My last blog entry about carers received an unprecedented response, some of which was rather heated. One of the issues was whether charities set up on behalf of carers reflect the interests of carers themselves.
This is a familiar debate for many groups and, among disabled people, it can be particularly severe, because, rather than the two main charities which exist for carers, there appear to be hundreds.
Many disabled people object to the fact that these charities have historically been run exclusively by non-disabled people and we have been given little say about how their money is spent until recent years.
We are also very uncomfortable with the way in which we can be portrayed in advertisements, as being as pathetic as possible, in order to persuade potential donors to part with their cash.
This may all seem to be rather ungrateful but, really, it is not. In a week in which Comic Relief and Children in Need were caught up in the BBC phone in scandal, it is very clear that there are limits to the tactics which should be considered to be acceptable for raising money.
It is a short step from saying that fake competitions are inappropriate to acknowledging that charities must not deceive the public as to how their money will be spent, or perpetuate damaging stereotypes, however profitable it may be to do so.
Ironically, a former competitor of Children in Need was the thankfully short-lived ITV Telethon, a mind-numbing twenty seven hours of inanity. This became the target of a direct action campaign by disabled people, who were credited with its eventual demise.
However, lest it be thought that I am taking sides, I wish to say a few words in defence of charities as well. It would be difficult for them to do as much as we would like them to do to spread the word of equality because they are hamstrung by the law itself.
Charities are required to provide a public benefit and the courts have refused to rule upon the question of whether a political campaign provides a public benefit or not.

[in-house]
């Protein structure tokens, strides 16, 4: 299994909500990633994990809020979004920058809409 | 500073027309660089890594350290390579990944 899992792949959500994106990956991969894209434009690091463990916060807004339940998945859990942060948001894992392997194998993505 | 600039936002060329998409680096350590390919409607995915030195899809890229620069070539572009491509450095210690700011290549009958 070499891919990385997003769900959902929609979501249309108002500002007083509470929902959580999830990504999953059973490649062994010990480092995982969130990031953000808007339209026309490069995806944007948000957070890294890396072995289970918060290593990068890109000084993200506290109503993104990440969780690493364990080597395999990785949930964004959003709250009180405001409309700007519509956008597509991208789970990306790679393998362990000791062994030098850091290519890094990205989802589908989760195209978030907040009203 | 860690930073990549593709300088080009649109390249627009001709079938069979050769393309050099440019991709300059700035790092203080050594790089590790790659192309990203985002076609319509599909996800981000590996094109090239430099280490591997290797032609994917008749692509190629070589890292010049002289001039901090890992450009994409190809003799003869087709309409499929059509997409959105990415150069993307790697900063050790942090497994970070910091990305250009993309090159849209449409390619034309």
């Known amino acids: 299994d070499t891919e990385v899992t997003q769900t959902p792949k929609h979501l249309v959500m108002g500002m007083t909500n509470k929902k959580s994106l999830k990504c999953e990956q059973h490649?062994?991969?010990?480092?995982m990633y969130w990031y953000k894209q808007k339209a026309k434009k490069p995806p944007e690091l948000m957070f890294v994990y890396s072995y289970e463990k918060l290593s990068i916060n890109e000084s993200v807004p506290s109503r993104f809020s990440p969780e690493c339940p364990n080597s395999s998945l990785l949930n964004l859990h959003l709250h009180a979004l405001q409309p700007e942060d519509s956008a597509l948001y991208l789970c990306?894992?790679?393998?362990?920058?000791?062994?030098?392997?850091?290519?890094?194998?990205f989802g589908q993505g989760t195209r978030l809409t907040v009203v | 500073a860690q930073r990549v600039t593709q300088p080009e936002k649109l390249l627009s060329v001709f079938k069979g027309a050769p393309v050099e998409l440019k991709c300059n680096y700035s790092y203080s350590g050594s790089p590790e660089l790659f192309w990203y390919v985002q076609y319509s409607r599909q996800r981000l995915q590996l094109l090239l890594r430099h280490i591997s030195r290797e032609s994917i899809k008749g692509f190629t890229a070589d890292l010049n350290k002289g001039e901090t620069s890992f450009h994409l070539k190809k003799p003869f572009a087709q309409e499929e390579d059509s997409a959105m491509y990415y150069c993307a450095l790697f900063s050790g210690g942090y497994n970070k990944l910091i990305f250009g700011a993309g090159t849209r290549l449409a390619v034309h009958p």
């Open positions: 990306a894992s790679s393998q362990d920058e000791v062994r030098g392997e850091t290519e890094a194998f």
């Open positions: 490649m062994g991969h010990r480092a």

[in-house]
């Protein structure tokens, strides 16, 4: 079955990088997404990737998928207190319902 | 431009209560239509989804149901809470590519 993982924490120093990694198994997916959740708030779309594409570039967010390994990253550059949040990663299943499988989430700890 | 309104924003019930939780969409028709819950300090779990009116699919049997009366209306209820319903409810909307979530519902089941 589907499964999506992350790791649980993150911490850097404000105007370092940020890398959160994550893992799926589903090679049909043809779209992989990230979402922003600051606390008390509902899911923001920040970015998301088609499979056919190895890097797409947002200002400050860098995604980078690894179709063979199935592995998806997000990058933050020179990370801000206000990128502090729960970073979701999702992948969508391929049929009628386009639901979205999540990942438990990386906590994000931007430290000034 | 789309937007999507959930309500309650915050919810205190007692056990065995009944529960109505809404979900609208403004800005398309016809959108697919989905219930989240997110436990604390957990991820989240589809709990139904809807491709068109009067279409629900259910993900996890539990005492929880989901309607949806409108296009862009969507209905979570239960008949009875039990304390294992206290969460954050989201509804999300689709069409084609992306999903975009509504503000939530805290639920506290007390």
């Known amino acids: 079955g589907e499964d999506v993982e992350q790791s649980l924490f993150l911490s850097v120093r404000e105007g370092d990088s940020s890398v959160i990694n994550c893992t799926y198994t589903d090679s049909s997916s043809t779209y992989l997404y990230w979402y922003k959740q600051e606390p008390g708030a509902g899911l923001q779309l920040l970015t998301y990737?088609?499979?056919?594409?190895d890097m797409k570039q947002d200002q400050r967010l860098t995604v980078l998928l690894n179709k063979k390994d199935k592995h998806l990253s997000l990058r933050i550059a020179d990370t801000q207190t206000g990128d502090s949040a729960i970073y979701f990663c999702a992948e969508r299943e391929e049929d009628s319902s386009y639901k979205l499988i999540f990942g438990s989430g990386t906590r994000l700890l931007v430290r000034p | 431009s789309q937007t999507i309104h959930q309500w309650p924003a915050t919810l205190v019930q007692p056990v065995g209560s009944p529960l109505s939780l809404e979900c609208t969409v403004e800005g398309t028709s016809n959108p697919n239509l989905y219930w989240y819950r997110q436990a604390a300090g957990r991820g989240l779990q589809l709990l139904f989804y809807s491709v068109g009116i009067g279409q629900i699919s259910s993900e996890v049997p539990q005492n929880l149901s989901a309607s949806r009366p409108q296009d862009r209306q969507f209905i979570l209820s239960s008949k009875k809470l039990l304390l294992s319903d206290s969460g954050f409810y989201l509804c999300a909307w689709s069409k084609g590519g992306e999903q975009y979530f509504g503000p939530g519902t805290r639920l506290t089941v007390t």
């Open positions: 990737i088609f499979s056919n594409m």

This is rather a bizarre conclusion because one would have thought that, in a liberal democracy, the promotion of debate and free speech is inherently beneficial, whether one agrees with its content or not.
In any case, the upshot is that a charity can only be political in as much as it supports the law as it stands, rather than seeking to change it, hence another recent controversy at the BBC about its coverage of Live 8. However, it is difficult to determine where charity ends and politics begins. How a desire to reduce poverty can be apolitical is beyond me.
There is evidence that some disability charities are starting to take a campaigning stance, with Scope and the Down’s Syndrome Association running recent campaigns in support of employment rights.
Partly this is because of a change of attitude within the charities themselves but it also reflects a wider social trend.
Anti-discrimination legislation means that such campaigns are now within their charitable remit and are no longer seen as being political.
For the large charities in particular, it must surely have a positive effect if they direct their large resources towards this type of work, although taking part in the political process has its disadvantages as well.
It will doubtless be necessary to make compromises which individual campaigners would be in a position to avoid. They should be forgiven for this although it can be difficult for people who fall on the wrong end of a compromise to do. Charities and political groups have different roles to play and both are important.